criticalvoices

On issues that matter …

Flavor of the Day October 20, 2012

The 19,973rd Starbucks coffee store opened to much fanfare in Mumbai today. And as with the advent of anything American, Indians seem excited about it, or may be just Mumbaikars for now. After all in American culture, Starbucks is to the morning cuppa, as denim is to style and rap is to music. It is all about attitude.

So hey, why not, Indians have it too, I mean, the attitude, and plenty of it.

But India being India, American attitudes at Starbucks Mumbai will be served in an Indian shrine like ambience – Indian teak tables, vintage Indian trunks, Indian wooden screens make up the décor, and a menu that includes tandoori paneer rolls and elaichi mawa croissants. That’s Indianisation for you – they have all done it, McDonalds, Dunkin Donuts, Pizza Hut, Subway Sandwich…

Iconic and part of the American landscape though it is, even today, 40 years since it was founded first in Seattle, Washington, Starbucks continues to fizz out some of the most expensive of coffees of any fast food chain in the US.

That kind of pricing, obviously, would have been a deterrent in India – a market reality that the coffee chain was well aware of. So, at 82 rupees (a little over $2 for a tall), it is still better priced than at any of the Starbucks US locations.

Sure Starbucks, like the many Café Coffee Day outlets, will cater to a different segment of coffee drinkers in India – I would think, young, upwardly mobile, urban Indians with money and attitudes to match.

So, the entry of a global brand for the high end consumer is not something that would make much difference in a country like India. There are millions who earn less than those $2 a day.

In an economy that is yet to open up fully, Starbucks is no benign flavor of the day. They may not become as ubiquitous as the Shetty-owned Udupi restaurants that were known for their filter coffee, used to be, but the chain is known for its predatory methods of doing business.

I was never really a fan of Starbucks in all the years that I lived in the US. My main grouse was that, with cream and sugar, their coffees invariably turn tepid. And, for better or worse, I like my coffee hot.

Srirekha Chakravarty

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Hindu burgers September 5, 2012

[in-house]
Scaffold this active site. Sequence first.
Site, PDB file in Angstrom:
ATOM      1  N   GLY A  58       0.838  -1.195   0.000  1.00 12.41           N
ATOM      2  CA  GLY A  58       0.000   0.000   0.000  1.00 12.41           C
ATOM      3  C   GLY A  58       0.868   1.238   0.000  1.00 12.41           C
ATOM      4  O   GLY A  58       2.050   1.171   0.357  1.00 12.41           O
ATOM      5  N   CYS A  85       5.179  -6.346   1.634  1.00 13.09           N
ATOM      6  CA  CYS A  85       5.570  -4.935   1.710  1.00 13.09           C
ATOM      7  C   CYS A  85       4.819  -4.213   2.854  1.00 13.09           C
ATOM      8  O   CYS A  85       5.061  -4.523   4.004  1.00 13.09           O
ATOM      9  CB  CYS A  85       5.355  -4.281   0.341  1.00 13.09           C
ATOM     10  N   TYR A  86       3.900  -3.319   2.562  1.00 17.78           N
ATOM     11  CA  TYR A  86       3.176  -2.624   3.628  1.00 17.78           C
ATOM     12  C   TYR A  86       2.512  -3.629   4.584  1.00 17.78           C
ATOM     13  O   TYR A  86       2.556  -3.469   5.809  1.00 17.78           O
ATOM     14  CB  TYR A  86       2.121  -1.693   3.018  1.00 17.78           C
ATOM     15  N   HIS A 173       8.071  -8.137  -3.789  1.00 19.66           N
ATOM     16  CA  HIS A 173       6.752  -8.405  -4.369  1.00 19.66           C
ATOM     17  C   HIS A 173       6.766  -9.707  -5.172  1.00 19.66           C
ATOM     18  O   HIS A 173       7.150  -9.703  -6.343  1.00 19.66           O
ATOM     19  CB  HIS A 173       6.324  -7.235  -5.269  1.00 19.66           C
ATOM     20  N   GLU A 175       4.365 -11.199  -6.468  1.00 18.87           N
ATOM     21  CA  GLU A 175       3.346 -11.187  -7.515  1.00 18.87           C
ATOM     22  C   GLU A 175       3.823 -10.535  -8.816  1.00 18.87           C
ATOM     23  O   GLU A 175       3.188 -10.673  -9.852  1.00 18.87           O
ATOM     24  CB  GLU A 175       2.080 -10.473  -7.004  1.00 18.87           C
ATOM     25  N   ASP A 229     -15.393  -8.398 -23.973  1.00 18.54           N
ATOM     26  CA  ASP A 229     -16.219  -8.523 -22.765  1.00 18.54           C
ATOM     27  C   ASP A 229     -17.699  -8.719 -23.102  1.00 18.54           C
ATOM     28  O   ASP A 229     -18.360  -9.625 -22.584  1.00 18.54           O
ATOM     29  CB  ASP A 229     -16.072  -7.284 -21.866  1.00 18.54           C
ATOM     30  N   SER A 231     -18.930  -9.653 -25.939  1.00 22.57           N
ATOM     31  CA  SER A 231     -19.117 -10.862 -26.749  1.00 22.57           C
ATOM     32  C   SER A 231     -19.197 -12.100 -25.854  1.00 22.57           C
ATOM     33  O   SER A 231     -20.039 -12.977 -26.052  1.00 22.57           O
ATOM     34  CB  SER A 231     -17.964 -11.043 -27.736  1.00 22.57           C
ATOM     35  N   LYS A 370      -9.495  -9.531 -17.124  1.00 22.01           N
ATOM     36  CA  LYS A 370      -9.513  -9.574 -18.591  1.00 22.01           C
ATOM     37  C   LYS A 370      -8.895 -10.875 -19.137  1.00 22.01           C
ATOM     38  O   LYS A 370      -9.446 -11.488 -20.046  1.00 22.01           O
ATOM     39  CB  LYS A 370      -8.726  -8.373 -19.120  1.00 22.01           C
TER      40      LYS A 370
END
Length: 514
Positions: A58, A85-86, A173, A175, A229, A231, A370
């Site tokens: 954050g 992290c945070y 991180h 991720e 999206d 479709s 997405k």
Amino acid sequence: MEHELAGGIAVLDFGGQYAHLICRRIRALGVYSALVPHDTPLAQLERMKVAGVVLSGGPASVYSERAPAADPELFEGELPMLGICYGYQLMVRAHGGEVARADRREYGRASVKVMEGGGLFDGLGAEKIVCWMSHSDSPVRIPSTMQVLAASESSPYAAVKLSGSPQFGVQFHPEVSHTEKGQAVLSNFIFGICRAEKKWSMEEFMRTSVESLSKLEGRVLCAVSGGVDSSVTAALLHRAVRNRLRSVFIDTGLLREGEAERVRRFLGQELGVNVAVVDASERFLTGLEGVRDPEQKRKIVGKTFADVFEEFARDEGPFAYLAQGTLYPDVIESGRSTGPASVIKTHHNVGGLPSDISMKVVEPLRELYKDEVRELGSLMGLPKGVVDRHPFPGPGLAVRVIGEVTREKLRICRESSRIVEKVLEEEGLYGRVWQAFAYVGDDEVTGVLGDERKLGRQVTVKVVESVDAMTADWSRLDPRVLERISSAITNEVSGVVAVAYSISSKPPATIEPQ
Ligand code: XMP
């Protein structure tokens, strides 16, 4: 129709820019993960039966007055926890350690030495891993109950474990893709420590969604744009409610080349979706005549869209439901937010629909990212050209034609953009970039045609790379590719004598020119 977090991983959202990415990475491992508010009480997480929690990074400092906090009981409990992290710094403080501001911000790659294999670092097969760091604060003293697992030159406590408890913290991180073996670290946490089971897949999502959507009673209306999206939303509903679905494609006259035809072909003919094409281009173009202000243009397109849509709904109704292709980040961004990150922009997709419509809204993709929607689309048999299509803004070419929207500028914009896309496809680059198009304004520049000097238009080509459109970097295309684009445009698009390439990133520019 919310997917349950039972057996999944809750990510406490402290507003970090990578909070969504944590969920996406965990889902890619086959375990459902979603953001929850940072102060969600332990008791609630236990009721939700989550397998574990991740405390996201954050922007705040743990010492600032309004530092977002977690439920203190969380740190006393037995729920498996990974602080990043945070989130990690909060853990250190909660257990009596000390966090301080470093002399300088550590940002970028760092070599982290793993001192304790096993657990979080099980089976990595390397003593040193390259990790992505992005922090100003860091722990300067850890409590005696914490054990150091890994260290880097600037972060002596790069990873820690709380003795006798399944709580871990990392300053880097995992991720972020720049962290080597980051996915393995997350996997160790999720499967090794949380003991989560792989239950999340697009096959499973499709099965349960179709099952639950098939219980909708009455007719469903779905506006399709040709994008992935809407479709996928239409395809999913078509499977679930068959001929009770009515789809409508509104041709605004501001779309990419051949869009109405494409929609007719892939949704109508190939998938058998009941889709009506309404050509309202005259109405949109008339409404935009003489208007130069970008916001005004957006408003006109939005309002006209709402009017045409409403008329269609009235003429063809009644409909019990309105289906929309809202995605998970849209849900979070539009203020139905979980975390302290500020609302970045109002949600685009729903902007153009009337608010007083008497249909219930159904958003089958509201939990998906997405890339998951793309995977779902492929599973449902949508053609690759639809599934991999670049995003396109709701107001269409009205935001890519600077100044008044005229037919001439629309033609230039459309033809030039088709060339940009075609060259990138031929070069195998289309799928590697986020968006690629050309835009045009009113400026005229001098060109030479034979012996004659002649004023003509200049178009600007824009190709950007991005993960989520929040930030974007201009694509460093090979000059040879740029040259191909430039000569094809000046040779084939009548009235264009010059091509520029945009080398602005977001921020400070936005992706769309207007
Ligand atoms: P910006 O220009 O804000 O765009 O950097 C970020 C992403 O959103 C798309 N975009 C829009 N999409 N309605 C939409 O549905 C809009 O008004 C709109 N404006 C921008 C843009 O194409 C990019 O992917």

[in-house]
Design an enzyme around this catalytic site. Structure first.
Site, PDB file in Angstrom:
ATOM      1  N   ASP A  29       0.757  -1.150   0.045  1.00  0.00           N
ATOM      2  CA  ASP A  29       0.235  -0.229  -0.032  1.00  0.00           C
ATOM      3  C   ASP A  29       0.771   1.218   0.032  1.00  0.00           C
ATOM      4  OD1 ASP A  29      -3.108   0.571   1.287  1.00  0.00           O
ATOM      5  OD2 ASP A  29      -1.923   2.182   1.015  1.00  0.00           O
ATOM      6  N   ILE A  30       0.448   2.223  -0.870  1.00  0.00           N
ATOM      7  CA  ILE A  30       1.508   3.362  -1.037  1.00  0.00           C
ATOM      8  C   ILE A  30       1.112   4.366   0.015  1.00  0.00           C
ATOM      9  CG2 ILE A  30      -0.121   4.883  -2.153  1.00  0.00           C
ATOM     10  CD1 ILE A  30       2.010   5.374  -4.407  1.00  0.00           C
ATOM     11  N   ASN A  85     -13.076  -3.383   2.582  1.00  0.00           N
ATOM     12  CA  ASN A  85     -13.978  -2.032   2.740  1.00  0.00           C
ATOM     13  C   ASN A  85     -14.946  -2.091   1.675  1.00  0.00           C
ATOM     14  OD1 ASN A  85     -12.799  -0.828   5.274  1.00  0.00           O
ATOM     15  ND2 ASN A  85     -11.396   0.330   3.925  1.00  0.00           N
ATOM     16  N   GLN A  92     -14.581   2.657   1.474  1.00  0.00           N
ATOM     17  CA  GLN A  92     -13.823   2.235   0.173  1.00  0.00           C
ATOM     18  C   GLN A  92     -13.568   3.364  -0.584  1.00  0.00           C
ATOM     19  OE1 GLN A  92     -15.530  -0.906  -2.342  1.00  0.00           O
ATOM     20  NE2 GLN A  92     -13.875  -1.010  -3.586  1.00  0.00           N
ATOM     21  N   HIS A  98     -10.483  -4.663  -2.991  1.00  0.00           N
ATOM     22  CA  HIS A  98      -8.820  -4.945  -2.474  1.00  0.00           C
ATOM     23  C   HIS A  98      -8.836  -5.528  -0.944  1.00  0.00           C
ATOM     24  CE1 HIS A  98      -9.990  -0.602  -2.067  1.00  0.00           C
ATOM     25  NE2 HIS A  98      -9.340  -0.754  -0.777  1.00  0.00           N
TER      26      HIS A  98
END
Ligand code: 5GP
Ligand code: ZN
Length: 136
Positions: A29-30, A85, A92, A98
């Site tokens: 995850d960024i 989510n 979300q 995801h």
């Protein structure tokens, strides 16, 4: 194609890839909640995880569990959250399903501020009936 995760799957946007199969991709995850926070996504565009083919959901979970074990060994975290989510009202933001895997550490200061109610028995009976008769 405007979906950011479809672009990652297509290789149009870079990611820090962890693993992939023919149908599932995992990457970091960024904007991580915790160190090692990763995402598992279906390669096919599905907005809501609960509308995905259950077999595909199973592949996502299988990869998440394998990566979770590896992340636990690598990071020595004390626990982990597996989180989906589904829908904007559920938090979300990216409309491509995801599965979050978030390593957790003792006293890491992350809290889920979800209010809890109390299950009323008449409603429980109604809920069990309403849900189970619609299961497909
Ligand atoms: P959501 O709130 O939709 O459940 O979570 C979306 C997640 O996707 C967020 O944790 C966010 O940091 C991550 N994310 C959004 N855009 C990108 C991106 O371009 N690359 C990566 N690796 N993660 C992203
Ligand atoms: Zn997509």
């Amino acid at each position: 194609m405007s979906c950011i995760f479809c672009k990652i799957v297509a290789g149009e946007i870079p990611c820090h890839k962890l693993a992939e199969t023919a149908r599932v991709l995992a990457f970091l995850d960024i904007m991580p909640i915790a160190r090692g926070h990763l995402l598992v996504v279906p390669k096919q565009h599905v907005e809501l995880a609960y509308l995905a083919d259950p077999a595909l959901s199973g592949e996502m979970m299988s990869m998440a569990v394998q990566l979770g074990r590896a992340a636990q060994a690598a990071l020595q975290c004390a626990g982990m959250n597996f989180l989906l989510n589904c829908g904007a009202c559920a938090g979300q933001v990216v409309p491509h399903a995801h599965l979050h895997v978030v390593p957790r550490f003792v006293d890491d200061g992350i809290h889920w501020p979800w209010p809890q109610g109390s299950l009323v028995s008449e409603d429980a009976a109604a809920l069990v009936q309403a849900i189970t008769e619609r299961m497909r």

Filed under: Uncategorized — Srirekha @ 9:54 pm
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Multiculturalism may have become a given and almost passé as a concept in marketing today but it was long set as a theoretical standard by American multinational companies. Although the American soft drink giants like Coke and Pepsi found their way into distant lands by creating their space unapologetically as all-American products – it took fast food chains a little longer before they found a way to blend into local cultures while keeping their American spirit intact.

I refer here to McDonald’s and KFC, which for instance, are only post-liberalization India entrants.

Not many Americans, who are used to seeing the welcoming golden arches, as much a part of the American landscape as Exit signs on the freeways, perhaps know that McDonald’s, which almost flavors their cultural identity, does not serve the quintessential Big Mac in India.

Launched in India some 15 years ago with a ‘no beef’ (read, No Big Mac) menu in metro cities, McDonald’s slowly but surely found approval among the urban mall-going youth and families with disposable incomes.

McDonald’s is no ‘Udupi’ restaurant though. In so many years, it claims to be a leader in the retail food chain market with 250 restaurants and 650,000 customers a day.

Nevertheless, coming back to its vegetarian efforts… in keeping with its policy to respect local culture in each market it operates in, McDonald’s introduced its first no beef, no pork menus for the first time ever in India. It has practically re-engineered its operations to address the special requirements of vegetarians, the McDonald’s India corporate press kit states. Special care is taken to ensure that vegetarian and non-vegetarian cooking is done in separate utensils and other equipment. Even the mayonnaise and soft serve ice creams 100% vegetarian and all cooking is done in vegetable oil.

And now, looks like the fast food giant is boldly going where all food habits in this country converge in – religion. In a cheeky attempt at capturing the palette of Indian pilgrims, McDonald’s is launching all-vegetarian outlets, strategically in pilgrim cities like Amritsar and Vaishnodevi in Jammu & Kashmir.

Wow, now that’s globalization meets -cultural sensitivity meets -strategic planning meets –ultra localization of a multinational brand.

Personally, a fast food snob-cum-health freak that I am, I am no fan of McDonald’s. In fact, the ‘Happy Meal’ originator is trying to find respectability back home in America from the suddenly aware consumers and trying to shake off its role as a contributor to America’s obesity. But I do admire the vision of its founders. Given its unfathomable diversity, food, they knew, is the greatest unifier for cultures across the world.

But while they are in India, I would warn them to trek carefully where pilgrims are concerned. Because with religion, politics is not too far behind.

I already heard some murmurs coming from some offshoot of the RSS that targeting Indian pilgrims was somehow “humiliating” for Hindus and therefore they would oppose the opening of the all-vegetarian McDonald’s outlets.

I can only sympathize with McDonald’s. India, they may well know defies theory, at least in religious politics.